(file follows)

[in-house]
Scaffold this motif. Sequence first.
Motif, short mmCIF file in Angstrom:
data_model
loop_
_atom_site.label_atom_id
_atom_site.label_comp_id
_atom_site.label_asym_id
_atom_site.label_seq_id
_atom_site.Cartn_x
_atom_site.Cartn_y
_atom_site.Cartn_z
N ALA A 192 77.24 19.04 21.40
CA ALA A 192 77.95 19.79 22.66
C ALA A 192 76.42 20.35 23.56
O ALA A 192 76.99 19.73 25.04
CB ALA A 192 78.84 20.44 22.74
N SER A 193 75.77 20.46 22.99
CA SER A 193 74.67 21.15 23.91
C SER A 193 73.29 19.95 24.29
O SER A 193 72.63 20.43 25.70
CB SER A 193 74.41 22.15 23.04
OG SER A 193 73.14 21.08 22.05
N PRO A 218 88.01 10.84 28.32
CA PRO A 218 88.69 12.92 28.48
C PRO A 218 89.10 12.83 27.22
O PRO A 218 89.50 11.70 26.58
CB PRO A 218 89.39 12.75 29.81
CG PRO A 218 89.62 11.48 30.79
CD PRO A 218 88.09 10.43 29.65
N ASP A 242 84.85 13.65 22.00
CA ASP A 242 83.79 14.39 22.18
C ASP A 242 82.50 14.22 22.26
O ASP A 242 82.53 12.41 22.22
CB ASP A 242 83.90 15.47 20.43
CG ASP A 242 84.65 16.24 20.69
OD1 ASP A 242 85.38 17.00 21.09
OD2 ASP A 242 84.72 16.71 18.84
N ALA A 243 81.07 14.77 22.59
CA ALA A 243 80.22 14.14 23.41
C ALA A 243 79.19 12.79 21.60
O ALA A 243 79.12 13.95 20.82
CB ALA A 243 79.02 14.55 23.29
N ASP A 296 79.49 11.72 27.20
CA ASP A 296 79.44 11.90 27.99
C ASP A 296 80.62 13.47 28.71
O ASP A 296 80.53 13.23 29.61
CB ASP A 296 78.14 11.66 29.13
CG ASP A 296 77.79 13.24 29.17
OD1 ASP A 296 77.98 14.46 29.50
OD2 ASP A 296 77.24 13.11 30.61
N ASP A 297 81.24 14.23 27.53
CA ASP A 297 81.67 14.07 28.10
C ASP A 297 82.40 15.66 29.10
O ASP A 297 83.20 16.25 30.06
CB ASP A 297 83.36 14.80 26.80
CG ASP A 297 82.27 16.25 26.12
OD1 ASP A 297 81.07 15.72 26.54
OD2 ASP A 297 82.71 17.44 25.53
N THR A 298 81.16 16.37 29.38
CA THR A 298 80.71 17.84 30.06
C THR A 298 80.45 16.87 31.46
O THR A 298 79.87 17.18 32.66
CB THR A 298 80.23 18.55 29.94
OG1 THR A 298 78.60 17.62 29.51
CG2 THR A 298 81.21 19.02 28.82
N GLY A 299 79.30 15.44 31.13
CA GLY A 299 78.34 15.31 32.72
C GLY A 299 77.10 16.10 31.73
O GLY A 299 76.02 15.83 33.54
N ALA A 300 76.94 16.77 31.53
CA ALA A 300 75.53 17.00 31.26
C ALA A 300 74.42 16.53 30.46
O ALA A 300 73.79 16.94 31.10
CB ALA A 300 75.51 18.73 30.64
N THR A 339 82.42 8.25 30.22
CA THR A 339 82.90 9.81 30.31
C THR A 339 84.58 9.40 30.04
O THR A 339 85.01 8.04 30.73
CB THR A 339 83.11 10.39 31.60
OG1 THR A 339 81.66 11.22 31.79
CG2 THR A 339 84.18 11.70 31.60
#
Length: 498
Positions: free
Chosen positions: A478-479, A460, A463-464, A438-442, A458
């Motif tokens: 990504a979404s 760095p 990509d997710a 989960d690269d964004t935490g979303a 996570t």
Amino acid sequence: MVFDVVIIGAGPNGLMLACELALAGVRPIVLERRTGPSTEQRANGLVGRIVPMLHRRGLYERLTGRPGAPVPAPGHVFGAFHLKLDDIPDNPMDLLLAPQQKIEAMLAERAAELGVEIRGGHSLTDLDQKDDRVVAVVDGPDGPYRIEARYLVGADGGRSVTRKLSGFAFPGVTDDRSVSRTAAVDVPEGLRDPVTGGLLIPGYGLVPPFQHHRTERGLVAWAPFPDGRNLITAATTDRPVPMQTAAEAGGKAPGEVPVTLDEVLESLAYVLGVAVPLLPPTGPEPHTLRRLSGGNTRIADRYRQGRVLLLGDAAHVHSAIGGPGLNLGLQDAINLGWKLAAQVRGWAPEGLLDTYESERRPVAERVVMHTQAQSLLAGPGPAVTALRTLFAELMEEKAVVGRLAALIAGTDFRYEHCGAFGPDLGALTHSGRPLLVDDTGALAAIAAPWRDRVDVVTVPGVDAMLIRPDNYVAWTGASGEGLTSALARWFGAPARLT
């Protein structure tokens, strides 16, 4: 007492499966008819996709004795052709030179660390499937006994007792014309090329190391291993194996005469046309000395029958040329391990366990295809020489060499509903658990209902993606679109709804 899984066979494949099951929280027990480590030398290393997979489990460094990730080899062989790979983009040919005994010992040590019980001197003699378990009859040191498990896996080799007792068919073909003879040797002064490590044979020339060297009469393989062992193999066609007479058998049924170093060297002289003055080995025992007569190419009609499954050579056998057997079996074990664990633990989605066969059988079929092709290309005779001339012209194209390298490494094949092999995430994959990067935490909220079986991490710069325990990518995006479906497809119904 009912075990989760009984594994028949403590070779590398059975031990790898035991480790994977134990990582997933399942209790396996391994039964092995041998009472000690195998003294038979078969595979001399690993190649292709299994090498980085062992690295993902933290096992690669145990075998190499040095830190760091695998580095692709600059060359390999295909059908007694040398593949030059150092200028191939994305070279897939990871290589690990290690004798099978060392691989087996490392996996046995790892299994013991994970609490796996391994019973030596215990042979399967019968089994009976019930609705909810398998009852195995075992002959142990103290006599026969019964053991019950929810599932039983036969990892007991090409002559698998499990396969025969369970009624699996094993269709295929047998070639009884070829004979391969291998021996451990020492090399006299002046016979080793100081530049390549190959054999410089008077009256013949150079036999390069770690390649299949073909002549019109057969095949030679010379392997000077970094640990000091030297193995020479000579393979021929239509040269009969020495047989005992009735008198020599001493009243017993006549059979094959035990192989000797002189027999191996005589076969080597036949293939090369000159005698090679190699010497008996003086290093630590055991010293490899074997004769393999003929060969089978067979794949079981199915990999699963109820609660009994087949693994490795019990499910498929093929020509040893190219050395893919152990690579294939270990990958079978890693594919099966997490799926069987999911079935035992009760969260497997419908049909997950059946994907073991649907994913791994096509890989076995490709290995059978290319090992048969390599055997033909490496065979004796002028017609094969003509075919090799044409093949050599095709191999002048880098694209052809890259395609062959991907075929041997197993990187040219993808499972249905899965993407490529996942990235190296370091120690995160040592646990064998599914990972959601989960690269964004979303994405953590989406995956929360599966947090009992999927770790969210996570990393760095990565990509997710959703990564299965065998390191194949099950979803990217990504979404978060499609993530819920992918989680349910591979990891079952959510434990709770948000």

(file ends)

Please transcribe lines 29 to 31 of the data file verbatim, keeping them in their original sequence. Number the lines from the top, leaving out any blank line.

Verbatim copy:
CG PRO A 218 89.62 11.48 30.79
CD PRO A 218 88.09 10.43 29.65
N ASP A 242 84.85 13.65 22.00